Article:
What is the Aerobic Threshold?

Updated: Apr 1

The Aerobic Threshold (AeT) is an important ceiling for endurance athletes. It marks the uppermost exercise limit before when energy is dominated by the anaerobic system (glycogen/carbs/sugars).


The aerobic threshold is usually set at the top of Zone 2. It is also referred to as LT1/VT1. LT1/VT1 is the first lactate/ventilatory turn point where lactate rises above baseline levels. Lactate acid is produced as exercise intensity increases and carbohydrate combustion increases. The harder you exercise the more carbohydrate you use to fuel your effort.


The figure below shows where the Aerobic Threshold sits in relation to a 6 zone model.


The AeT sits right at the top of Zone 2. When training at this intensity energy is mainly provided through fat metabolism with smaller contribution coming from carbohydrates. AS intensity of exercise increases so does carbohydrate metabolism shown below. Note this is an example of an athlete after an INSCYD metabolic test. Fat and Carbohyrate metablism is unique and individual, the results presented below may be different for you.


The main benefits to training below AeT and in particular in Zone 2 are:

  • You burn fat

  • You are primarily using Type 1 slow twitch muscles. These fibres mostly fuel themselves with stored fat

  • You build more mitochondria

  • The majority of your muscle energy comes from the mitochondria

  • Devoting time to Zone 2 training will stimulate mitochondria growth and help you become a better fat burner

  • Better fat burning means glycogen sparing

  • You become more metabolically flexible

  • A big base enables you to be switch between fuel sources (fats and carbs) at different intensities

  • Clear lactate faster

  • Lactate is a by product of the breakdown of carbohydrate during exercise

  • It is produced at higher rates as intensity increases

  • Lactate is used as a fuel source in other cells

  • Lactate is cleared out of fast twitch muscle fibres into the slow twitch muscle fibres by a process known as mitochondrial lactate oxidation

  • Once in the slow twitch muscle fibres lactate is re-sued as energy


Building a big aerobic base and training in Zone 2 has many advantages. Over the last number of years the ‘no pain, no gain’ mantra has been popular. If exercise intensity is not hard then you are not training hard enough. It can be common in athletes who may have highly fine tuned top end anaerobic capacities but underdeveloped aerobic capacity/base.


This is known as Aerobic Deficiency Syndrome (ADS), first coined by Dr. Phil Maffatone in the 1980s


But what is ADS?


Don’t be alarmed it is not some life threatening condition. ADS is the result of a poorly functioning aerobic system.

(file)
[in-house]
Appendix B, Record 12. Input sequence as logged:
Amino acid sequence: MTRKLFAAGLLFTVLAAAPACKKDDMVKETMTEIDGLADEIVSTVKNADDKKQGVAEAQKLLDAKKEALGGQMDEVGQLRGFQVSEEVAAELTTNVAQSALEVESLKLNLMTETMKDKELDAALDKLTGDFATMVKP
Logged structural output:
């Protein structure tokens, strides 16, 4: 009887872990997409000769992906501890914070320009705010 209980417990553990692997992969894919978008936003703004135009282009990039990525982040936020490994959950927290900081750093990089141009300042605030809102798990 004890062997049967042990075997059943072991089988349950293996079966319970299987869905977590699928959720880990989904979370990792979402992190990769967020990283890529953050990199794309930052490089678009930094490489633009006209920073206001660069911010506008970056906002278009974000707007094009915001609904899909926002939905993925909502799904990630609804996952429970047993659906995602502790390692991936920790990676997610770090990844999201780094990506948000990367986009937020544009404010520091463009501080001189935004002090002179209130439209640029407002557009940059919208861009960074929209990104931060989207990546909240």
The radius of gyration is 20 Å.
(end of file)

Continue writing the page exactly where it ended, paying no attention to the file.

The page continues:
For short events such as 5K, 10K and all the way up to half marathon you run these events close to or at your Anaerobic Threshold. The pace you can hold at your Anaerobic Threshold is key for these events. If you try to push above this threshold you will blow up.


Similarly, if you extend out the duration of your event to 3+ hours (marathon, Ironman or 70.3) then your Aerobic Threshold is critical for performance. For long distance events your Aerobic Threshold is a key determinant of success. If you push above the Aerobic Threshold for these events you run the risk of hitting the wall.


Athletes who have a well developed aerobic system have an aerobic threshold pretty close to their anaerobic threshold, within 10%. It is one of the reasons the elite athletes can put out those super quick times. The figure below gives an example of an athlete with a well developed aerobic threshold. Their aerobic threshold is within 10% of their anaerobic threshold.


An athlete with ADS will have a very different profile shown below.


This athlete may feel fit and strong and be able to push through to high numbers for short durations. But for an event lasting more than 3+ hours the athlete will be forced to slow down, if they spend a lot of time above their Aerobic Threshold.


They most likely fall into the trap of training moderately hard all the time.


The Aerobic Threshold can be trained and improved. Moving the Aerobic Threshold or raising the aerobic ceiling closer to the Anaerobic Threshold should be the goal for every endurance athlete.


This will involve Zone 2 training and avoiding Zone 3 or moderate intensity. Be patient and build your aerobic base, then add intensity.


You will reap the benefits of all the advantages of having a high Aerobic Threshold mention above.


If you would like to determine you AeT and Fat and Carbohydrate combustion rates book for INSCYD test today


https://www.connecttoperform.ie/inscyd-testing